Is it appropriate for people apparently seeking economic justice and equal opportunity to use a blockchain in which only heavily invested actors receive new tokens? Is it appropriate for those seeking to put a new medium of exchange in the hands of the masses to use a blockchain whose tokens are mostly hoarded by speculators? Is it appropriate for a carbon emissions reduction project to use a blockchain which emits as much CO2 as a small country?
These are not hypothetical examples. Most blockchain projects bolt a purpose onto code and governance systems that were designed without such public interests in mind. Just as it would not be acceptable to clear the ancient Borneo jungle to raise money for homeless orangutans, it should not be acceptable for a project to deploy socially regressive or climate-toxic code.
Fortunately, there is a new wave of mission-driven blockchain projects conscious about their total social impact. Initiatives like Holochain, Faircoin, Yetta, and LocalPay explicitly connect their code base to their social cause. Faircoin uses a codebase that requires little electricity and allows the distribution of coins to socially useful projects. Providing the same smart contract functionality as Ethereum, the new Yetta blockchain is intended to be sustainable by design, with the low energy requirements of its codebase being moderated further by automated rewards for those nodes using renewable energy. It will also enable automated philanthropy to support the Sustainable Development Goals (SDGs).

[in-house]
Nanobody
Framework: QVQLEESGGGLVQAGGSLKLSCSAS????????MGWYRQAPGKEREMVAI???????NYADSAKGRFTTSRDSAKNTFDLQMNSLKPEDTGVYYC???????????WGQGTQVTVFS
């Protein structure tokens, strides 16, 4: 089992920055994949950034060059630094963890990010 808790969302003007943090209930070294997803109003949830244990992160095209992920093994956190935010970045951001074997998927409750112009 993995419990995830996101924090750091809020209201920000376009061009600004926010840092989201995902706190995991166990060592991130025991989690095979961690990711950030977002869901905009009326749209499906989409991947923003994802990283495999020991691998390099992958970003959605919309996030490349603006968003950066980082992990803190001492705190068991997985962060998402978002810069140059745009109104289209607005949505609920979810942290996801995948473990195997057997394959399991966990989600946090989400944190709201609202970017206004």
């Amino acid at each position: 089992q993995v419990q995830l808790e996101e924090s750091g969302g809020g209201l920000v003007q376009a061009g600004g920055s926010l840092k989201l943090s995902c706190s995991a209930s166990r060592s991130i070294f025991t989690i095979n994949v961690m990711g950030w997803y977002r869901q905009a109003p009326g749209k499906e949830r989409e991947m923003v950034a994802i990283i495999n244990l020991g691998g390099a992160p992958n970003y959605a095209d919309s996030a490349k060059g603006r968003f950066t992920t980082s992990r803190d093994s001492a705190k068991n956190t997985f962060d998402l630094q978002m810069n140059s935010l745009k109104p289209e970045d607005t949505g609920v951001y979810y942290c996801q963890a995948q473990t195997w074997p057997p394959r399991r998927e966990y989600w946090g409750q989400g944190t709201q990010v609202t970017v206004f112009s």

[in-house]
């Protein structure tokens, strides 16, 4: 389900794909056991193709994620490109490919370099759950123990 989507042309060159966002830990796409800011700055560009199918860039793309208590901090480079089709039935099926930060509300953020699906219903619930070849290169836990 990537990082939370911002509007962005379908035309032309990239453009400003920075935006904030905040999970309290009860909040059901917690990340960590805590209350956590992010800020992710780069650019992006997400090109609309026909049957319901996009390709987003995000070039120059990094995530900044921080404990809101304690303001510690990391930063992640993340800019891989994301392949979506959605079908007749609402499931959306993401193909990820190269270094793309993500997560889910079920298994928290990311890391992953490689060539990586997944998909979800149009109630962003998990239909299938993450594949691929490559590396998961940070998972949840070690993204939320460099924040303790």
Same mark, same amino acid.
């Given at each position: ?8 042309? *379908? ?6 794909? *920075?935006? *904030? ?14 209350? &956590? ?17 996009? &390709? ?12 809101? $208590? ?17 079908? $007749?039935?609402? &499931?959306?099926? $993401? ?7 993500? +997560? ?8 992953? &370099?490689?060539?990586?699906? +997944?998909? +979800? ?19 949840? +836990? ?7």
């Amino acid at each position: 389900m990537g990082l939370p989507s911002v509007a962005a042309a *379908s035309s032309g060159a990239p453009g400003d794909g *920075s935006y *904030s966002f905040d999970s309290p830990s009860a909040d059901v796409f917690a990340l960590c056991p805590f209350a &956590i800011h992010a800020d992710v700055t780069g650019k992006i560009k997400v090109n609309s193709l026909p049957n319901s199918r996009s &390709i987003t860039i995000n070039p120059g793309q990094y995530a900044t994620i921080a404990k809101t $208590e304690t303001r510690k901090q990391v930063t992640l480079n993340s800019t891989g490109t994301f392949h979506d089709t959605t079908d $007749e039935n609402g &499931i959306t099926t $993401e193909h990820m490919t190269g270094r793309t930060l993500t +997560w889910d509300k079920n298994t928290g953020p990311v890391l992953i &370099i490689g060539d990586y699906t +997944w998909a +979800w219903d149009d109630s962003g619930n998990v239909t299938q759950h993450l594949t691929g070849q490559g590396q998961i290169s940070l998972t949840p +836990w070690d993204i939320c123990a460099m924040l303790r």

Two of the most integral technology projects in this field take a post-blockchain approach. By sharing data and not using a single blockchain, Holochain reduces the energy and time involved, while avoiding being dependent on the decisions of unaccountable groups of computing “miners”, as so many blockchain projects are. Shunning digital tokens entirely, LocalPay runs on code that means its users in more than 300 local communities do not need to purchase or mine a currency to begin transacting. For them, currency is simply a unit that comes into being, for free, when they wish to trade.
These projects aren’t just putting lipstick on clones of existing projects. Their founders went back to the drawing board and created mission-driven roles for coders, entrepreneurs, investors, philanthropists, regulators, and policymakers. They designed a technology to fit into an ecosystem, rather than to dominate it. They set up incentive structures for fair contributions and rewards. This generation of “integral blockchain” and digital currency initiatives aligns its codebase and internal governance with positive social and environmental outcomes. These projects strive to be an integral part of a healthy society, rather than ends-in-themselves.
Will blockchain technologies be killed in their infancy by regulators? Will they grow into monsters that consume energy while enabling tax evasion, crime and capital flight? Or could they provide meaningful services to humanity? Greater cross-sectoral dialogue and guidance is needed to help this last scenario emerge.